Khaled Mahmud Sujon, a director of Bangladesh Cricket Board (BCB) believes that the senior players should have a clear plan about their retirement in order to make way for the young players.
According to him, unfortunately this culture is yet to be grown in this country as the number of cricketers in Bangladesh who retire from the field is a handful, reports BSS.
Mahmud is one of the few who could retire from the ground. Citing the example of his own career, the former captain said the senior cricketers have to understand when the time is over.
His comment came in the wake of the incident of senior cricketer Mahmudullah Riyad who was recently dropped from the Asia Cup team. The 37-year old cricket had hardly any chance to return to the national team as the team management has enough options at their disposal to replace Mahmudullah.
It is understood, Mahmudullah was offered twice to retire from the ground but the seasoned campaigner refused it, saying he would take the challenge of making a comeback to the national team.
Mahmudullah's place was questionable for a long time as his reflexes and performance saw a massive decline due to his age-related issue. It's not that the players didn't play at this age but every player who is playing at this age maintained their fitness and performance.
"I had (the courage to retire) and I had retired. I understood, now my time is over. If I don't leave, how will new players come? It has to be decided by the cricketers that when is the right time to say goodbye," Mahmud said on Tuesday.
"It's very difficult (to retire from the cricket). I too had passed that moment. But I had to leave. We were not used to get as much money as the current crops of cricketers getting. We played for very little money. But then it was our love. We were able to leave that. I don't know why the cricketers of this generation don't want to leave? Why don't they have the courage to leave," he questioned.
Mahmud believes everyone should accept the reality and stop at some point.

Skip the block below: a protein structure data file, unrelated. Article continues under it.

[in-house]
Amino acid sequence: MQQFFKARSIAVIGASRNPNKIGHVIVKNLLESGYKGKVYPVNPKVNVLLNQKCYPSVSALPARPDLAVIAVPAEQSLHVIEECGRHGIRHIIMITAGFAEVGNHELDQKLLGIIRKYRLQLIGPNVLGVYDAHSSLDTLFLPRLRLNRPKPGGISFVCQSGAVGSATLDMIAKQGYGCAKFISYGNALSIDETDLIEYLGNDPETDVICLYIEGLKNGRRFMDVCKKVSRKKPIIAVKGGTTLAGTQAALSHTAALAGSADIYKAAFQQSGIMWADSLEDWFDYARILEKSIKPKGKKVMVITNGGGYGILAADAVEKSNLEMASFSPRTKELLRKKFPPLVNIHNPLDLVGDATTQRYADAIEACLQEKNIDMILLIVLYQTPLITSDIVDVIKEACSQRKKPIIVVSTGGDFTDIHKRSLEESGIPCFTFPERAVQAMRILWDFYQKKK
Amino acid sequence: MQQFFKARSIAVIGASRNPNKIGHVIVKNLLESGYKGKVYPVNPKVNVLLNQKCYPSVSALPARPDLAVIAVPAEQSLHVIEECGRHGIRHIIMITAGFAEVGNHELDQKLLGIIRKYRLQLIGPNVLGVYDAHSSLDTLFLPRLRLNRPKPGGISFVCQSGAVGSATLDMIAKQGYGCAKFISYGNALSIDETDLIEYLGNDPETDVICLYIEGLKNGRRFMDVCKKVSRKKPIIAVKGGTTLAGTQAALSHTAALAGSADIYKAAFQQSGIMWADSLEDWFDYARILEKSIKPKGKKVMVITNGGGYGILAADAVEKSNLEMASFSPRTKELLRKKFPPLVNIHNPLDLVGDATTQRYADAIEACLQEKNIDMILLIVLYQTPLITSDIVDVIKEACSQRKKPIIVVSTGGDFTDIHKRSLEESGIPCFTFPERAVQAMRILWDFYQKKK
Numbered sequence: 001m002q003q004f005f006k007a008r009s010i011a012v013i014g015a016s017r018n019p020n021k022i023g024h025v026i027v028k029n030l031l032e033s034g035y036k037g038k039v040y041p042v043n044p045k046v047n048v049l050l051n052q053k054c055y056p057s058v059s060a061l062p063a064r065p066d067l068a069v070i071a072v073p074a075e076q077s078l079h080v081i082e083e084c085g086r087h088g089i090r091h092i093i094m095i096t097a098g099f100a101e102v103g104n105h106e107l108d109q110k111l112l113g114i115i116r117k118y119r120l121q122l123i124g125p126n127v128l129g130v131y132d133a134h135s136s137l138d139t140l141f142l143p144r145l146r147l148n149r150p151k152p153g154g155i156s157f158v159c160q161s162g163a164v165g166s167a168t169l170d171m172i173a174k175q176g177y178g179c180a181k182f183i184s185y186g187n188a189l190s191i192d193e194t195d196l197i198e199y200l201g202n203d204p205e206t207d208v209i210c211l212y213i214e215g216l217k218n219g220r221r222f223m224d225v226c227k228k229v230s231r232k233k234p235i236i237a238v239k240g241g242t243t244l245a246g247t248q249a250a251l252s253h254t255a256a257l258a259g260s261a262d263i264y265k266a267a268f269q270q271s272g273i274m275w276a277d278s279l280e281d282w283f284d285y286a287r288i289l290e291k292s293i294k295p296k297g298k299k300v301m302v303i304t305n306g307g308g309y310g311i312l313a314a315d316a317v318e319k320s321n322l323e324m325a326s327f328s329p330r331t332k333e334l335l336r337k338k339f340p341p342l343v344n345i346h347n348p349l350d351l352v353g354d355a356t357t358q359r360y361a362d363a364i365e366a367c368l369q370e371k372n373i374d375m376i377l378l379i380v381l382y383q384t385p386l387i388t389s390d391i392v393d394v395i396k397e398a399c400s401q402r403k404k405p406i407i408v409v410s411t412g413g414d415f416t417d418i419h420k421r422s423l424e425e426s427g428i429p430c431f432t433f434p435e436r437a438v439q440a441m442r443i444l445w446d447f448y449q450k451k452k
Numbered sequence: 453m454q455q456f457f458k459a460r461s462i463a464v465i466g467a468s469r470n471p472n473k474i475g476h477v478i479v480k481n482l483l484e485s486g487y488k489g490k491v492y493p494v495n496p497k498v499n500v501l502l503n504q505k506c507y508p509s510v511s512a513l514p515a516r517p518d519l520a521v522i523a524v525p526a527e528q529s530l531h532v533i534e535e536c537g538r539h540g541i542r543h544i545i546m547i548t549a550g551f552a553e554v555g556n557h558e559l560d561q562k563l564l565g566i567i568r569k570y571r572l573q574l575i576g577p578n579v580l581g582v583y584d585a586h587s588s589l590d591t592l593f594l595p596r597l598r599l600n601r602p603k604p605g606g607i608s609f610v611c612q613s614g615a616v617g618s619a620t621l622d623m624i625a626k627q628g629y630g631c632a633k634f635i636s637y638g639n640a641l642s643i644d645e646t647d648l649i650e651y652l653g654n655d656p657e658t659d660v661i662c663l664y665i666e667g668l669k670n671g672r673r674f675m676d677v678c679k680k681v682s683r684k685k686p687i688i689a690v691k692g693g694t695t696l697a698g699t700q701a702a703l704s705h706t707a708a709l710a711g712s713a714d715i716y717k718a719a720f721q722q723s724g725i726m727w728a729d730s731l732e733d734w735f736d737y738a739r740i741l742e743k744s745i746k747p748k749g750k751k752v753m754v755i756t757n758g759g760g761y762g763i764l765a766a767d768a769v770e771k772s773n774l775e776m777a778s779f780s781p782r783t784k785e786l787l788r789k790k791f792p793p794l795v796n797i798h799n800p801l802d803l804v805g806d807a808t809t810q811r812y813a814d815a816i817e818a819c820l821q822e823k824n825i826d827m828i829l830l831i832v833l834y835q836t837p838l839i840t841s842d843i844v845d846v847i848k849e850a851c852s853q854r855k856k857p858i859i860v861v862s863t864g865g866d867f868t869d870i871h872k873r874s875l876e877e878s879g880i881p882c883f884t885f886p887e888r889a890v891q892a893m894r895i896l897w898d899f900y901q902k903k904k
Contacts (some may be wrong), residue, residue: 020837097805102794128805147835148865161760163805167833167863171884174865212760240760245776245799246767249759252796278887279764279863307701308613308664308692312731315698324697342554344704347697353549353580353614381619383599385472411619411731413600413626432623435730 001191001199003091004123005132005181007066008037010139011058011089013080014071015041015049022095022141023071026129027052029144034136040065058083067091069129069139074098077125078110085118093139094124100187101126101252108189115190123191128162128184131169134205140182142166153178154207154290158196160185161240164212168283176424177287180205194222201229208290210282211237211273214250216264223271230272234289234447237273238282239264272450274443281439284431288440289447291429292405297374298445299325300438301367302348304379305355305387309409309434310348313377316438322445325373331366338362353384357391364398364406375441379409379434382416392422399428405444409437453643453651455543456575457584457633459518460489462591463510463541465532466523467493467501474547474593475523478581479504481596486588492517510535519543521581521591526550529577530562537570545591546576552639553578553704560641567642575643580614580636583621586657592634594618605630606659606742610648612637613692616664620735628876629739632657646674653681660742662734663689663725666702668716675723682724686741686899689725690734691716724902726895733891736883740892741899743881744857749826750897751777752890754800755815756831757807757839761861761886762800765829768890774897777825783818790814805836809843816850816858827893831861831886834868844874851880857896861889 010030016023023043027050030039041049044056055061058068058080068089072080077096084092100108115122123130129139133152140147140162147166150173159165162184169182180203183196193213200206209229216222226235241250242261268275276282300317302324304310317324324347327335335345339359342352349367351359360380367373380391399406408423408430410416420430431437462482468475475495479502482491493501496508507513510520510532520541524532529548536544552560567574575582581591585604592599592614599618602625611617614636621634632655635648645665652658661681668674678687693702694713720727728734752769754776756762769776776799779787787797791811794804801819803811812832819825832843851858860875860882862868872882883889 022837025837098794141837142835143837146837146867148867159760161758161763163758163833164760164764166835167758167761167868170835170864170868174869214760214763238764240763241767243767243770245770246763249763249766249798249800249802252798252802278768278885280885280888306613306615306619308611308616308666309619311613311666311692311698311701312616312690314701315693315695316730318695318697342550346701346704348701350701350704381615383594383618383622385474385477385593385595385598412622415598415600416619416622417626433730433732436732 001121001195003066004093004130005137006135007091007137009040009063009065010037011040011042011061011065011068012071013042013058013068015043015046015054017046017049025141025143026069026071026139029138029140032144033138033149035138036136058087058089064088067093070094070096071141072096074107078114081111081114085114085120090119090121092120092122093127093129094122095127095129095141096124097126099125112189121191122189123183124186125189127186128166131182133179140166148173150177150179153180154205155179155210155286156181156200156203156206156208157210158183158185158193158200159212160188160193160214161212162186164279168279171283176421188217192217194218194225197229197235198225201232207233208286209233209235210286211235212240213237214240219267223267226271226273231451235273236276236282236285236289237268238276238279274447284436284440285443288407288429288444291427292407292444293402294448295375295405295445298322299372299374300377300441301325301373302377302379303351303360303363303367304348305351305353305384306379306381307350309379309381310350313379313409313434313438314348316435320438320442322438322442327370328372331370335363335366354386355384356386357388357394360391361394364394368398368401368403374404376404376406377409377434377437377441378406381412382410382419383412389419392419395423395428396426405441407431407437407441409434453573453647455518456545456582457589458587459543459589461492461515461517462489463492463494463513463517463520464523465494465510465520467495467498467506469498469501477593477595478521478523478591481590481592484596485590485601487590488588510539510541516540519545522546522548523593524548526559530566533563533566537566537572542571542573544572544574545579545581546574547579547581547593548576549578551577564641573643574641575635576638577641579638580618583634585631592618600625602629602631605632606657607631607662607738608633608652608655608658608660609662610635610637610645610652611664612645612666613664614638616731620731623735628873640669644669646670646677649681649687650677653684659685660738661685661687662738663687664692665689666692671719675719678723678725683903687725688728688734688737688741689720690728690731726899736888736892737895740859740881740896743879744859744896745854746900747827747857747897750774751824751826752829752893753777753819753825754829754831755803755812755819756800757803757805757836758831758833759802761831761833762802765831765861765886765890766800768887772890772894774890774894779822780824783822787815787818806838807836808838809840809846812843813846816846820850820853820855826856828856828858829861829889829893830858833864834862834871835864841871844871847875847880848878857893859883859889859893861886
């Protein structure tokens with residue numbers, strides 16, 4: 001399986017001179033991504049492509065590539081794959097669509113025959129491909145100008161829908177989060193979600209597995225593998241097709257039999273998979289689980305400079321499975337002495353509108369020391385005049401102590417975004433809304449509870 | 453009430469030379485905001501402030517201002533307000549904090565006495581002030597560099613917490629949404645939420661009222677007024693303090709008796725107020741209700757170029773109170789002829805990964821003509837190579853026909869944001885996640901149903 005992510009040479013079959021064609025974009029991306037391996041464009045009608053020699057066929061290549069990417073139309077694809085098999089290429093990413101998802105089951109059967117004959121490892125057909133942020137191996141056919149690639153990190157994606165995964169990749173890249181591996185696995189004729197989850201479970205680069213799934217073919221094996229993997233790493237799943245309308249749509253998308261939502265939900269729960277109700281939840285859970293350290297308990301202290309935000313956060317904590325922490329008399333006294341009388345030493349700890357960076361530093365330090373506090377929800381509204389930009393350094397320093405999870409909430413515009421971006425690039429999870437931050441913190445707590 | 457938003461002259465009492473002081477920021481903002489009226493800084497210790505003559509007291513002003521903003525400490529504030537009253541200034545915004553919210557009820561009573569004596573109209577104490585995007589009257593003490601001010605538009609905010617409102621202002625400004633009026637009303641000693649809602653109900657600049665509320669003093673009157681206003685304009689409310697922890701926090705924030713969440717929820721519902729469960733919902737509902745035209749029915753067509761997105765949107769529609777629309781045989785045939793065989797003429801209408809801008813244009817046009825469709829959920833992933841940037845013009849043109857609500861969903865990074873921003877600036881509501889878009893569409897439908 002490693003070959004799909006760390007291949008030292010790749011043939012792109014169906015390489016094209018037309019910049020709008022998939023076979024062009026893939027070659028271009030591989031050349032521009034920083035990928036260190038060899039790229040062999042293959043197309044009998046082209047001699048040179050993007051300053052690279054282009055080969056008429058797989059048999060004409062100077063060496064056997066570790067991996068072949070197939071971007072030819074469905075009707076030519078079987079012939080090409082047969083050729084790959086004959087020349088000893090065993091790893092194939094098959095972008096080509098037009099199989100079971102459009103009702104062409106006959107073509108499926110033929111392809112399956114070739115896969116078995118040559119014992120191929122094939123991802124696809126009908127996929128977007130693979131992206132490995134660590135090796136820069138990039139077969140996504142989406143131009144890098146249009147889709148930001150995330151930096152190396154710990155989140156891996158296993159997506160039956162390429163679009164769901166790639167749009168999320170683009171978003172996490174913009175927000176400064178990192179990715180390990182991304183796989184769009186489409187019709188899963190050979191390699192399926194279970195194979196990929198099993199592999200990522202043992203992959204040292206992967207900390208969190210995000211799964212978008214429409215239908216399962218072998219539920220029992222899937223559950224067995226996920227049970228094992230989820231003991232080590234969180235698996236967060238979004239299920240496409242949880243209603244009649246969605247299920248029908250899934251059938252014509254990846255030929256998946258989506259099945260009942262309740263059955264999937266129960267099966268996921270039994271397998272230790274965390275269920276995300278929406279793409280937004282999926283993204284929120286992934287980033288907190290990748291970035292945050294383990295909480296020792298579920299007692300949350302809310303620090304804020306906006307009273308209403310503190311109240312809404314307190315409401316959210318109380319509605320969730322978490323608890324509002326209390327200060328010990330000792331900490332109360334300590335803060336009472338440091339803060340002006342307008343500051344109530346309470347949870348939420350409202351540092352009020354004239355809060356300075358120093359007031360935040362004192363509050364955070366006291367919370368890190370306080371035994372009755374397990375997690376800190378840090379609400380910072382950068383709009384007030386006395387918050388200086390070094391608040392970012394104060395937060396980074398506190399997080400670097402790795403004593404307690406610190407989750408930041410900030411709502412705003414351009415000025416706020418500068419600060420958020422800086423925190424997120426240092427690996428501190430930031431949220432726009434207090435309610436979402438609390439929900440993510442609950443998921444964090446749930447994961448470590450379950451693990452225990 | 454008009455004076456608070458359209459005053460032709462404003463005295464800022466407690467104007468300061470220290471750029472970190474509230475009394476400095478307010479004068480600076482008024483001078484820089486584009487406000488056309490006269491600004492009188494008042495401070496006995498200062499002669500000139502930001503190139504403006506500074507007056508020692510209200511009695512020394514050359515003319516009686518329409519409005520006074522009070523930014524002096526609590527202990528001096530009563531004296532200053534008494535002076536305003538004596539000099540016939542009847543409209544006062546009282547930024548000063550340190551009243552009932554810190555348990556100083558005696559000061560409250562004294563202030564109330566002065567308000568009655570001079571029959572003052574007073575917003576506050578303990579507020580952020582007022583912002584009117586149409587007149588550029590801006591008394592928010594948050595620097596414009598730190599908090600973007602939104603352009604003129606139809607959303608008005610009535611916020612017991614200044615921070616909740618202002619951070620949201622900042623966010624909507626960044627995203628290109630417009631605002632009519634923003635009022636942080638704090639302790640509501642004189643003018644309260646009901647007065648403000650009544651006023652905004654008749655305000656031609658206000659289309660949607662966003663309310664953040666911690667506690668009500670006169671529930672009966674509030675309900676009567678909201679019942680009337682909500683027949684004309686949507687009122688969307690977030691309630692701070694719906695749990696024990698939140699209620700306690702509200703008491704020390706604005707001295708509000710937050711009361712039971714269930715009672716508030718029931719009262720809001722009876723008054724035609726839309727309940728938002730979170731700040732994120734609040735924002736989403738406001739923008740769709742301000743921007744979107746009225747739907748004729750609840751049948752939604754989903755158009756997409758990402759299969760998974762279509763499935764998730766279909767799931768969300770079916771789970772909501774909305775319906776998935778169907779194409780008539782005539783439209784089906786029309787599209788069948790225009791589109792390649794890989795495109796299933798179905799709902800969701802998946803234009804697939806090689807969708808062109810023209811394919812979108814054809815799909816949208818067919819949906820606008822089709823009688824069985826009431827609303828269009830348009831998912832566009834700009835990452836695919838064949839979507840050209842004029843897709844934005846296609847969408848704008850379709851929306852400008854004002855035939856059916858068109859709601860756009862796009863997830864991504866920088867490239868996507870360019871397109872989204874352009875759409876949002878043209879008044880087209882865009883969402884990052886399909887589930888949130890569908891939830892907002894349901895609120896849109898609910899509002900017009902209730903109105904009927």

"At some point you have to quit. Akram (Khan) bhai left, Nannu bhai (Minhajul Abedin Nannu) was the best batsman of Bangladesh, he also left. Habibul Bashar, once called Mr. Fifty, who captained Bangladesh and scored many runs and he also left.'
English fast bowler Stuart Broad announced his retirement during the Ashes a few days ago when he was in his form of life.
Citing his example, Mahmud said: "If he wanted, he could have played more, but he called it a time."
"Couldn't Stuart Broad still have played? So why did he leave? That's my point. You have to know when to stop. I am saying with respect to the cricketers. I think it is their personal matter. We cannot force anyone. None of us can tell that you're old. None of us have the right to say this."
If someone wants to continue playing without retiring at the right time, Mahmud also urged them to face the bitter experience of being dropped.
"If they think, I should play more, I can play for two or three years more, ok No problem. But then you can't point fingers to others if you get axed."
Mahmud, also the chairman of Game Development, thinks even if all the senior cricketers leave the game, Bangladesh cricket will move forward properly.
"Mushfiqur has left the T20 format. Tamim has also left and everyone would have to leave in this way. But that doesn't mean, the cricket in this country will stop when they will retire one by one. We can't stop dreaming. We have to bring new cricketers. We've a game development department, whose responsibility is to create a pipeline of cricketers. It must not be forgotten that Tamim, Mushfiqur, Mahmudullah also came from that pipeline."